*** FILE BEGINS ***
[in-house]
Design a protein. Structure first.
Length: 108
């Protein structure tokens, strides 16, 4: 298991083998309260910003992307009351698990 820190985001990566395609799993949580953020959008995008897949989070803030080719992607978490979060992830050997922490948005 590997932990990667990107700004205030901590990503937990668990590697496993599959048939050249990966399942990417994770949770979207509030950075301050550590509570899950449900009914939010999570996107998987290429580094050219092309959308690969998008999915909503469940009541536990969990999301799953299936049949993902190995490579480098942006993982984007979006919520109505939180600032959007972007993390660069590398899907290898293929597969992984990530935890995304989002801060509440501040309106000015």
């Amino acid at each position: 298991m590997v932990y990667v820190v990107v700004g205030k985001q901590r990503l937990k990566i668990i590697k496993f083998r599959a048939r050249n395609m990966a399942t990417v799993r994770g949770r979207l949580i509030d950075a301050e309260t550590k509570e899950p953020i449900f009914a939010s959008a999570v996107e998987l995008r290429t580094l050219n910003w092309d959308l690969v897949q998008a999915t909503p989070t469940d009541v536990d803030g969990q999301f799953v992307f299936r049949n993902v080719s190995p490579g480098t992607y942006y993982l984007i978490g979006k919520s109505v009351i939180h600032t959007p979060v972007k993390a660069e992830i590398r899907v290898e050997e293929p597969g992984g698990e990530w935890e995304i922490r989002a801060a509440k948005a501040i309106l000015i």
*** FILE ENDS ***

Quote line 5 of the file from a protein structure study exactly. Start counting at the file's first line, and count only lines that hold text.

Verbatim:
């Amino acid at each position: 298991m590997v932990y990667v820190v990107v700004g205030k985001q901590r990503l937990k990566i668990i590697k496993f083998r599959a048939r050249n395609m990966a399942t990417v799993r994770g949770r979207l949580i509030d950075a301050e309260t550590k509570e899950p953020i449900f009914a939010s959008a999570v996107e998987l995008r290429t580094l050219n910003w092309d959308l690969v897949q998008a999915t909503p989070t469940d009541v536990d803030g969990q999301f799953v992307f299936r049949n993902v080719s190995p490579g480098t992607y942006y993982l984007i978490g979006k919520s109505v009351i939180h600032t959007p979060v972007k993390a660069e992830i590398r899907v290898e050997e293929p597969g992984g698990e990530w935890e995304i922490r989002a801060a509440k948005a501040i309106l000015i």